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Hey there. I probably won't have too much to say until I get the phone in late march sometime.. I have interest in working on:

- A cycle computer using GPS. Here is some info about power usage of the GPS:

Excerpted from "GPS time synch" thread on Community Digest

>> Based on ballpark estimates from other similar devices, it's probably >> around 70mW. >> This will really hurt if you keep it on all the time, fortunately, for >> most applications, you probably don't need to. >> If it works at 2s on, 30s off, as seems likely, this alone drains >> 1/30th of the battery per day, which isn't bad. Especially as you can >> probably back off a little if the phone has been stationary for >> several minutes. >> >> Does GPS work well in such a mode? I seem to remember from various >> handheld units that it can take quite a while (minutes) to sync up to >> a given satellite. (For all I know, you *can* operate this way, I'm >> completely clueless on the subject.)

70mW.. Here is the Neo1973 Battery info. For the sampling needed to get accurate speeds distance etc.. I don't think using AGPS and sleeping the GPS intermittently will be feasible.. so we need to know how long we can use the GPS continuously and not cripple the phone with power consumption. A dyanmo or supplemantary power source on the bike is another option but would need a regulator and dock of some sort.

The Battery is a Li-Ion 3.7V at 1200mAh or roughly 4.4 Wh. If we only let GPS use 1/4 of the battery power, that gives us 1.1Wh or 0.3 Ah at 3.7V. At 0.070 W (the "guess" on the power draw for the GPS) the current draw indicates that the GPS should work for a little bit less than 16 Hours.. Plenty even for two days of extended touring. I'm guessing this would involve probably turning off the backlight, powering down BT and cellular radios and the like, otherwise the radios and screen will drain the battery long before we can keep the device on for 16 hours.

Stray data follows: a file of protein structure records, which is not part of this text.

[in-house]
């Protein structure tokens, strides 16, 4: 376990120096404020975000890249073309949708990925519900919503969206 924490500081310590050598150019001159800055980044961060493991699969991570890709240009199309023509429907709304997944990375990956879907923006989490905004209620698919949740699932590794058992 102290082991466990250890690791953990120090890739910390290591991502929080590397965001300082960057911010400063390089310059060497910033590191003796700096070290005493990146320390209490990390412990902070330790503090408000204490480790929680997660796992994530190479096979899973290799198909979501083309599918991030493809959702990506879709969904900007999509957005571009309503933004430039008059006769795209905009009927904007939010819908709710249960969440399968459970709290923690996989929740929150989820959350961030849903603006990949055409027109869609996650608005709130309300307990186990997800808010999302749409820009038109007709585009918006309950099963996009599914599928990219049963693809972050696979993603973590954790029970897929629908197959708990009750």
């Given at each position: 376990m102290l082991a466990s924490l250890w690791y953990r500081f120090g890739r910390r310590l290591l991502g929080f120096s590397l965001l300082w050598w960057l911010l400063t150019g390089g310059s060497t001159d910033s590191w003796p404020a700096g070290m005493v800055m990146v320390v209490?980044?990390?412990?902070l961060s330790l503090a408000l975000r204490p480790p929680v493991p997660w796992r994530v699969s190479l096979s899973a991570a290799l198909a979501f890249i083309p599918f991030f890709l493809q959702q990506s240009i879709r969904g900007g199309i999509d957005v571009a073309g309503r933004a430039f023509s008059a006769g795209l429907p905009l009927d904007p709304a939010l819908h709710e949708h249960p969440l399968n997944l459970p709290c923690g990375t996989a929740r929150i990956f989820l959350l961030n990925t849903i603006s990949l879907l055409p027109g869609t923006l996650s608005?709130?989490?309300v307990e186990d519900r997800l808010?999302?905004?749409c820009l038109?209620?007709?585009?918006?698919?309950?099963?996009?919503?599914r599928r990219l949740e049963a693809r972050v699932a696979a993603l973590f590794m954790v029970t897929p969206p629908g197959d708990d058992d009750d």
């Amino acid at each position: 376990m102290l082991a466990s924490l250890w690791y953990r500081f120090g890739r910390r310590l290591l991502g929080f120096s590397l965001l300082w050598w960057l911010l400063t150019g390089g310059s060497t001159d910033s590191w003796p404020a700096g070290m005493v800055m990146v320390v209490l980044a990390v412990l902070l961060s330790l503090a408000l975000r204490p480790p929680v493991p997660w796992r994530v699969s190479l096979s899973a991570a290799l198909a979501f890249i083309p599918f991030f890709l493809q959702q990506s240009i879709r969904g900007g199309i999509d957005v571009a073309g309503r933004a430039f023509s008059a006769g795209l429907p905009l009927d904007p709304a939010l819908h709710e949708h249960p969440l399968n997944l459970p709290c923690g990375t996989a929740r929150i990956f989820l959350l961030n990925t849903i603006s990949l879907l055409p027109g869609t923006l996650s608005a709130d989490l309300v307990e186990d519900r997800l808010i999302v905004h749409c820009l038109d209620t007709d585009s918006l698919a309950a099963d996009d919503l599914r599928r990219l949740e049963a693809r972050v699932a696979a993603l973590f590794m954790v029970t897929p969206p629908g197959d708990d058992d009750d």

- A high quality multi-purpose calculator. maybe Qalculate? it is GTK+ 2.4 needs scrollkeeper, libglade 2, as well as a build of libqalculate. Looks like OE has libglade and scrollkeeper, and Open Moko is GTK. So I guess I should get my OE environment all set up and do a test build. this thread on GPE maybe of importance looks like a problem with libm. This may be of use.. toolchain stuff text input might be slow, but probably no slower than a graphing calculator.

- Messing around with speex on SIP / IAX clients. Lowly GPRS... :P

--xkr47 10:56, 27 March 2007 (CEST) Thx for the gprs class info on Neo1973 Hardware. :) But one more to go.. Do you know the GPRS capability class also? It has been guessed on IRC that it would be GPRS Class B, i.e. no grps traffic while a voice call is active.. If this is true, do you know whether you can still use GPRS when someone is calling you, but before answering the phone? It could be nice to use in countries where there are cheap MSISDN <-> owner mapping services online, it could be used to (automatically or by buttonpress) look up who's calling if the number is not previously known before deciding whether to answer :)